[verb kuh-myoon; noun kom-yoon]

verb (used without object), com·muned, com·mun·ing.

to converse or talk together, usually with profound intensity, intimacy, etc.; interchange thoughts or feelings.
to be in intimate communication or rapport: to commune with nature.


interchange of ideas or sentiments.

Origin of commune

1250–1300; Middle English com(m)unen < Middle French comuner to share, derivative of comun common
Related formscom·mun·er, noun Unabridged Based on the Random House Unabridged Dictionary, © Random House, Inc. 2019

British Dictionary definitions for communer



verb (kəˈmjuːn) (intr usually foll by with)

to talk or converse intimately
to experience strong emotion or spiritual feelings (for)to commune with nature

noun (ˈkɒmjuːn)

intimate conversation; exchange of thoughts; communion

Word Origin for commune

C13: from Old French comuner to hold in common, from comun common




(intr) Christianity, mainly US to partake of Communion

Word Origin for commune

C16: back formation from communion




a group of families or individuals living together and sharing possessions and responsibilities
any small group of people having common interests or responsibilities
the smallest administrative unit in Belgium, France, Italy, and Switzerland, governed by a mayor and council
the government or inhabitants of a commune
a medieval town enjoying a large degree of autonomy

Word Origin for commune

C18: from French, from Medieval Latin commūnia, from Latin: things held in common, from commūnis common


noun French history

a committee that governed Paris during the French Revolution and played a leading role in the Reign of Terror: suppressed 1794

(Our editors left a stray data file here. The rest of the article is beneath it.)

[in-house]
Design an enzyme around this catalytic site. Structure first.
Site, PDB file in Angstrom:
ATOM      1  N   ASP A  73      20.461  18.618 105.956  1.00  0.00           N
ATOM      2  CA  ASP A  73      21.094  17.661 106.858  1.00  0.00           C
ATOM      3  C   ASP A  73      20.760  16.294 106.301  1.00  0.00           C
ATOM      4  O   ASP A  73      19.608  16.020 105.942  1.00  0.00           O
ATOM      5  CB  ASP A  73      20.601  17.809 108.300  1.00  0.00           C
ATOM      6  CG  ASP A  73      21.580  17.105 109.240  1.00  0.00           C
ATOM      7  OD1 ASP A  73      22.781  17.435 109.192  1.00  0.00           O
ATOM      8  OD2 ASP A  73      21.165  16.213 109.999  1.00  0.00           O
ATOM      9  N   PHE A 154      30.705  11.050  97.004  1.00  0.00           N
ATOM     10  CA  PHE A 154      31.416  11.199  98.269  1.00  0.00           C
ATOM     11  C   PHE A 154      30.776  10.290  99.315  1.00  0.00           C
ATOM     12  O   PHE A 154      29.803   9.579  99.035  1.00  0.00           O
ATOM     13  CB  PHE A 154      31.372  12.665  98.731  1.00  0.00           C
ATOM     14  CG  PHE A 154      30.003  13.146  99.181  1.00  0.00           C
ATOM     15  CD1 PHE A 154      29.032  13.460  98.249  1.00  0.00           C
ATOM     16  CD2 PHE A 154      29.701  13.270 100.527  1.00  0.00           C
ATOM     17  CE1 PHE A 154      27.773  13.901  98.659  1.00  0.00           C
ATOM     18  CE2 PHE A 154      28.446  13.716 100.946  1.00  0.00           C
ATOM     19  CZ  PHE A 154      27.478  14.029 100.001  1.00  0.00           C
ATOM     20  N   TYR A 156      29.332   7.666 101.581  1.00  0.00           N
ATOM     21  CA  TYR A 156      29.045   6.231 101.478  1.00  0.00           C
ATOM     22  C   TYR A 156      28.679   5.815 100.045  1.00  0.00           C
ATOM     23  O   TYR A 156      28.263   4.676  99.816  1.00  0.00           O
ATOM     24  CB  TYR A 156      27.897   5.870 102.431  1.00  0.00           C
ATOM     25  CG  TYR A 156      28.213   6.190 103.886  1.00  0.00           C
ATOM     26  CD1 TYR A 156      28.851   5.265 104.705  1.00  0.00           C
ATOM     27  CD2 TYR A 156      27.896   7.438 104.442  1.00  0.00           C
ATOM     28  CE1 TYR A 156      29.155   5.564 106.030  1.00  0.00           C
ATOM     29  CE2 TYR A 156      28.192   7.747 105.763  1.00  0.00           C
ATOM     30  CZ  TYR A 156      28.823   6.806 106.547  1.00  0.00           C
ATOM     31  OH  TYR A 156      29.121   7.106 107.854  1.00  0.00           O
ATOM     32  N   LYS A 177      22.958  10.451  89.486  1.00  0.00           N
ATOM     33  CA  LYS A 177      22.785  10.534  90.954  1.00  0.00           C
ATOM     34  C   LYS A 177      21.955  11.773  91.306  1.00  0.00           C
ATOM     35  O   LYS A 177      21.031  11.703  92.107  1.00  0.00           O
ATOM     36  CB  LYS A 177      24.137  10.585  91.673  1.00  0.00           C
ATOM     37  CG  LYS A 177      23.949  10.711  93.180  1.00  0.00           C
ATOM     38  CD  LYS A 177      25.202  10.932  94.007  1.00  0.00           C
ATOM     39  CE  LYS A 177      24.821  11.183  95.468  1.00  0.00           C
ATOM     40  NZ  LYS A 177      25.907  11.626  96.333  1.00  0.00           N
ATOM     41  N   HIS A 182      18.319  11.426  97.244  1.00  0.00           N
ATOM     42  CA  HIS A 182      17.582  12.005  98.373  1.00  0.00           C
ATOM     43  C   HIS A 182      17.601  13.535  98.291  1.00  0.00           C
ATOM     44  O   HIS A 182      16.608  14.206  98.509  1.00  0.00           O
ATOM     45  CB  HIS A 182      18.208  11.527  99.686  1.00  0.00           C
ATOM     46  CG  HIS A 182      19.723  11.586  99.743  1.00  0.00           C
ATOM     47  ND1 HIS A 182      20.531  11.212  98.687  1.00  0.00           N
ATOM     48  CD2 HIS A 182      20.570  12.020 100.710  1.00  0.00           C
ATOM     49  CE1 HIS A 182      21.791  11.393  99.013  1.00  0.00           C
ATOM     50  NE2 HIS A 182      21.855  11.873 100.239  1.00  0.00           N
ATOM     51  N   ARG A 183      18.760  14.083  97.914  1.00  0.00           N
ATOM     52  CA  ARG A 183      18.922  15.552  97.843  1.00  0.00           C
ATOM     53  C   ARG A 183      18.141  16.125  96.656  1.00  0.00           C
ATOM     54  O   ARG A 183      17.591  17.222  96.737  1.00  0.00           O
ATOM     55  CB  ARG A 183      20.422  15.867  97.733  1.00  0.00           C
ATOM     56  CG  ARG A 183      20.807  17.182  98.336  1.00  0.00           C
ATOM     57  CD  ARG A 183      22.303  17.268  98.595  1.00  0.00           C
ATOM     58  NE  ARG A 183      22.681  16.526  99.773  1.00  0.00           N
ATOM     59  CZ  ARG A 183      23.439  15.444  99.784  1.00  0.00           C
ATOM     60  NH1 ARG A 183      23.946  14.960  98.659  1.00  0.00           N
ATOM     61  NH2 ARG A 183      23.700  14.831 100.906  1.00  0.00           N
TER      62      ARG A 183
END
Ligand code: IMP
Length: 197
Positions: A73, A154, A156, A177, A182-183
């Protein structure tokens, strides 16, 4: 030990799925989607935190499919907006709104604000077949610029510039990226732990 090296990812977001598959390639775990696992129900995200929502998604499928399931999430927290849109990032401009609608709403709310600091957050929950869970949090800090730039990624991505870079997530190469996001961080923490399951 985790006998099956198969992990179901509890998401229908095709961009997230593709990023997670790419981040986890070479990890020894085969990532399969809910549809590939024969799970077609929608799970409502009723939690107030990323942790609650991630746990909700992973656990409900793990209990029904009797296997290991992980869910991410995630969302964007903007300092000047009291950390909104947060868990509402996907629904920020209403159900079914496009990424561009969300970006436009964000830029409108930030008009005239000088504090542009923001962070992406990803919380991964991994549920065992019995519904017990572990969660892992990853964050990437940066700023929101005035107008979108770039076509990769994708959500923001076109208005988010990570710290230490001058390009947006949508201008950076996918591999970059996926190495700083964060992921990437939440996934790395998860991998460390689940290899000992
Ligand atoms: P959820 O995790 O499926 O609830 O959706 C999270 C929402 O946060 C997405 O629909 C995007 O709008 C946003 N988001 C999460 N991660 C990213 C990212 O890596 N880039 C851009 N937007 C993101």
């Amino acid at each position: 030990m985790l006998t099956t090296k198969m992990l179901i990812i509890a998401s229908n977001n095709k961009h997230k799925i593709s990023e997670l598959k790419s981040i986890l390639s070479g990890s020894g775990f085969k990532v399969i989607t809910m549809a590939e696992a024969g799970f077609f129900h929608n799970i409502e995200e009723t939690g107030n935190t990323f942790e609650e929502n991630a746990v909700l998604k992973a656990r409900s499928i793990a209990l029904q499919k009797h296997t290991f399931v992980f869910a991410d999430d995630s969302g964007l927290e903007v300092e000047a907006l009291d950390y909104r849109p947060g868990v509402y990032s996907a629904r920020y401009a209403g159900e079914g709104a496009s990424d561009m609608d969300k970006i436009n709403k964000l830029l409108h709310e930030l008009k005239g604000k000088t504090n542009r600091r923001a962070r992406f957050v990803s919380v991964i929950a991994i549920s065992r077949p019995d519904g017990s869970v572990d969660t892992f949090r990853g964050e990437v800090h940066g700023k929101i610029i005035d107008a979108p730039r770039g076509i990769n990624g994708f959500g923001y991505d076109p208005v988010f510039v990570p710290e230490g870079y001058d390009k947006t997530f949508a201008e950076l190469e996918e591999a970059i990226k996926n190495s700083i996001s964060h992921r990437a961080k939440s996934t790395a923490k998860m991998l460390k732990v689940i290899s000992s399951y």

Collins English Dictionary - Complete & Unabridged 2012 Digital Edition © William Collins Sons & Co. Ltd. 1979, 1986 © HarperCollins Publishers 1998, 2000, 2003, 2005, 2006, 2007, 2009, 2012

Word Origin and History for communer



c.1300, "have dealings with," from Old French comuner "to make common, share" (10c., Modern French communier), from comun (see common (adj.)). Meaning "to talk intimately" is late 14c. Related: Communed; communing.



1792, from French commune "small territorial divisions set up after the Revolution," from Middle French commune "free city, group of citizens" (12c.), from Medieval Latin communia, noun use of neuter plural of Latin adjective communis, literally "that which is common," from communis (see common (adj.)). The Commune of Paris usurped the government during the Reign of Terror. The word later was applied to a government on communalistic principles set up in Paris in 1871. Adherents of the 1871 government were Communards.

Online Etymology Dictionary, © 2010 Douglas Harper